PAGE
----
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  • Published: April 26, 2011

    r 2011 American Chemical Society 1993 dx.doi.org/10.1021/nl200353h |Nano Lett. 2011, 11, 1993–1996

    LETTER

    pubs.acs.org/NanoLett

    Electric Glue: Electrically Controlled Polymer-Surface Adhesion Ann R. Fornof,*,† Matthias Erdmann,† Ralf David,‡ and Hermann E. Gaub*,†

    †Chair for Applied Physics and Center for Nanoscience, Ludwig-Maximilians University, Amalienstrasse 54, Munich, Germany 80799 ‡Center for Integrated Protein Science Munich, Butenandtstrasse 5-13, Munich, Germany 81377

    bS Supporting Information

    Electric potential has been used to attract polymers continu-ously to an electrode surface and to toggle molecules between states for a molecular switch.2�4 For electric glue, the focus is to control the interaction of a polymer and an electrode surface reversibly, thus creating a nanoscale system with electro- chemically controlled adhesion (Figure 1a). The reversible bonding of an organic molecule, DNA, to an inorganic surface, a gold electrode, was recently accomplished by varying the electric potential of the surface, and the interaction was measured via atomic force microscopy (AFM).1 In the current work, control over electrosorption, or covalent bonding with the sur- face based on potential, is extended and refined to include physisorption, or noncovalent interaction between the polymer and the surface. The manipulation of the interaction and reaction of polymers from commercially available to tailored macromo- lecules with a surface is described.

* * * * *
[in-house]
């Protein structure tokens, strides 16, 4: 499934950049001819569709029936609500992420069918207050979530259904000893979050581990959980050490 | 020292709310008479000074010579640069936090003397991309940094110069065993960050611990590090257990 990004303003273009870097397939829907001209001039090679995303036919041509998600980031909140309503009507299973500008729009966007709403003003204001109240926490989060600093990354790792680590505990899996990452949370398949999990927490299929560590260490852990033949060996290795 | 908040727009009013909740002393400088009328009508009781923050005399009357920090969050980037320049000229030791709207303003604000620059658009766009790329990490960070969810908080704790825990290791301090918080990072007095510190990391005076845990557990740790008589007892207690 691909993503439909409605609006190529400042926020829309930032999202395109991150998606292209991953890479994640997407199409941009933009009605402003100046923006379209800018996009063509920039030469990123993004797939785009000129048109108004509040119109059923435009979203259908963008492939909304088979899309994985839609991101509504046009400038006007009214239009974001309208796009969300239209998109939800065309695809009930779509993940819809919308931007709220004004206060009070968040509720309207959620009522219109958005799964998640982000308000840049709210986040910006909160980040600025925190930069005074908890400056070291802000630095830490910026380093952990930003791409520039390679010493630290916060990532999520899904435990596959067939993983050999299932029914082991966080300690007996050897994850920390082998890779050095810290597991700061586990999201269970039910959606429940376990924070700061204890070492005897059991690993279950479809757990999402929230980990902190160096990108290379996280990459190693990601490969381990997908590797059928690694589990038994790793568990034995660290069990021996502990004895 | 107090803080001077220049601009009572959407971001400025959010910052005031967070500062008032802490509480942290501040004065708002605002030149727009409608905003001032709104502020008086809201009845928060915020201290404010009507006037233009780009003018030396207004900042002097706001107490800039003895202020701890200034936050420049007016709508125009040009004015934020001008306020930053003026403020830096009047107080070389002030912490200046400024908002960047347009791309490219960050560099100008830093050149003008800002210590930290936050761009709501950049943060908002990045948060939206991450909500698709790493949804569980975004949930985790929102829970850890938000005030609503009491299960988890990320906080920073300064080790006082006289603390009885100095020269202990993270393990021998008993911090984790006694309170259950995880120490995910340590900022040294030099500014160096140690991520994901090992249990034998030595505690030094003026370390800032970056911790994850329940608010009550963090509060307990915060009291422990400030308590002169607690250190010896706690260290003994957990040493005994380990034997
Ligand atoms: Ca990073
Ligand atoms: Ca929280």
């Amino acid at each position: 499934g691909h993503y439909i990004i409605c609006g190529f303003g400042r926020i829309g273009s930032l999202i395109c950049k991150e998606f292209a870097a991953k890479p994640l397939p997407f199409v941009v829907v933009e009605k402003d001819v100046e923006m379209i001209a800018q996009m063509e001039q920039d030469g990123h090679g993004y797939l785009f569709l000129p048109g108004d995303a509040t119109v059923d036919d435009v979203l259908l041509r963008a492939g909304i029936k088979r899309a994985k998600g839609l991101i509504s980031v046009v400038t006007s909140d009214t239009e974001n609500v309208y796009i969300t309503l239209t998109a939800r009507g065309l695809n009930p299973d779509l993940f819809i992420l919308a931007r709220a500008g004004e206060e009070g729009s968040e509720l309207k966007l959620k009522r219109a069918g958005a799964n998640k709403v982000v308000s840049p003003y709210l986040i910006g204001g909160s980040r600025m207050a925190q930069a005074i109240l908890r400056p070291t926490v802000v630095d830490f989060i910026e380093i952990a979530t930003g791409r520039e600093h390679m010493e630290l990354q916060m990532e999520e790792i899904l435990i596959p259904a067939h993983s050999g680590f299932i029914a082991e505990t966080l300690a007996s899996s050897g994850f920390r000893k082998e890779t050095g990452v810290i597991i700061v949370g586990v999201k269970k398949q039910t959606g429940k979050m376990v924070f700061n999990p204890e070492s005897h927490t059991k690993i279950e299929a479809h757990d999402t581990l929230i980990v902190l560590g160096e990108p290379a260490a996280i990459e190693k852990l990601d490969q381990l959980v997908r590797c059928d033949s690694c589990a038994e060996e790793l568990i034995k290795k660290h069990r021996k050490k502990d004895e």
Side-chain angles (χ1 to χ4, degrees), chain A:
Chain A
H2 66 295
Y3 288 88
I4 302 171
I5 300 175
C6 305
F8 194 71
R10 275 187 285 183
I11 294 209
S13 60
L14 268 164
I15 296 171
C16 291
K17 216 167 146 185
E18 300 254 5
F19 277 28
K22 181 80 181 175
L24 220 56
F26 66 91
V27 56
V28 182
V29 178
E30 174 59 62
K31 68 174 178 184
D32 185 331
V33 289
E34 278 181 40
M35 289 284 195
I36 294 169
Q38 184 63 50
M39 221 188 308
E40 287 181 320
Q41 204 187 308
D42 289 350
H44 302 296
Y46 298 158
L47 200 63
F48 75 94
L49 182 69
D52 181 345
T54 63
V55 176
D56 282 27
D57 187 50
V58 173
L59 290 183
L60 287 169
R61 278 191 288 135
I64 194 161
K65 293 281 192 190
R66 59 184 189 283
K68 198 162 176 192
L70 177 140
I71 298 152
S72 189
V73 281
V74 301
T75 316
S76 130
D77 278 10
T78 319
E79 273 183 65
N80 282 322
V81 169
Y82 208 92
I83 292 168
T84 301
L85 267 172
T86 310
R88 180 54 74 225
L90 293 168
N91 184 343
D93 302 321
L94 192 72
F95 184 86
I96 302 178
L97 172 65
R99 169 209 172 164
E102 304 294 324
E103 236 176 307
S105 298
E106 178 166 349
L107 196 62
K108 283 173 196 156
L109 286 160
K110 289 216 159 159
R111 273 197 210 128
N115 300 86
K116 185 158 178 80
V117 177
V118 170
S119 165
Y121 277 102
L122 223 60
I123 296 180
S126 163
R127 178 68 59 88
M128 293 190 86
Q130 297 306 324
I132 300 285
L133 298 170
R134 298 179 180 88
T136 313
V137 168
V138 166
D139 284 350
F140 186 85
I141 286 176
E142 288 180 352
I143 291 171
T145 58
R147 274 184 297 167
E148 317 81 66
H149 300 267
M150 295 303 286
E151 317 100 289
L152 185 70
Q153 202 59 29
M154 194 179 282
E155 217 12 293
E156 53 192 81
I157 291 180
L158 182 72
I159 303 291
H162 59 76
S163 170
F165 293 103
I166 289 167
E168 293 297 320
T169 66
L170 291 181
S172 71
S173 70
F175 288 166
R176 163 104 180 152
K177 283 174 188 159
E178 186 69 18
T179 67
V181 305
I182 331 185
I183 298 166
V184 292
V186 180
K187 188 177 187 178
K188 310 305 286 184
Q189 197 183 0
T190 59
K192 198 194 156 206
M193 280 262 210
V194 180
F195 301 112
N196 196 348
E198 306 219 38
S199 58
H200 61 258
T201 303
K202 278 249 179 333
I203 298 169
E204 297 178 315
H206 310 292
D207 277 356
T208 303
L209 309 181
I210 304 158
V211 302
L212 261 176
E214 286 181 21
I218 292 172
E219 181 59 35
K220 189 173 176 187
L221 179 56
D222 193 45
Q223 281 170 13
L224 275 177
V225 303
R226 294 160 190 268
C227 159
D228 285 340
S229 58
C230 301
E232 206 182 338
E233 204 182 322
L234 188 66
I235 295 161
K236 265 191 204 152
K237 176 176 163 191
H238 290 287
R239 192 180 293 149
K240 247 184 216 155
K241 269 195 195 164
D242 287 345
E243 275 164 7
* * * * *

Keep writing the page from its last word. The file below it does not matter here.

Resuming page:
To explore this concept further, we utilized a custom AFM setup with a working electrode as the surface of interest (Figure 1b). The polymers were covalently attached to the AFM tip and brought into contact with the surface of a gold working electrode at a specified potential. As the polymers were removed from the electrode in the z-direction, the resultant force was measured, and the potential of the electrode was changed by 10 mV. The potential of the electrode regulated oxidation/ reduction reactions at the surface of the electrode.5

    While the Au�S bond is the most studied bond for organic modification of gold surfaces, it has a bond strength close to that of the Au�Au bond.6,7 Therefore, it is difficult to distinguish experimentally between Au�Au and Au�S bond rupture, and reversible attachment/detachment would be unpredictable due to the possibility of pulling gold nanowires from the surface of the electrode.8 Therefore, the targeted bond for reversible

    attachment was the dative, N�Au bond. The tip-attachment chemistry and polymeric chemistry were designed such that the N�Au bond was the weakest bond in the construct. For the N�Au reaction, the amine donates both electrons from its lone pair to share with undercoordinated gold in a classic example of a dative bond.9,10

    Three polymers with differently charged backbones and primary amine end groups were utilized to control adhesion based on the electric potential of the surface, as well as to probe the influence of backbone charge on this process, in this series of experiments. Figure 1a depicts the experiment for the positively charged polymer. The same experimental setup was used for each of the experiments with polymers of differing backbone charge.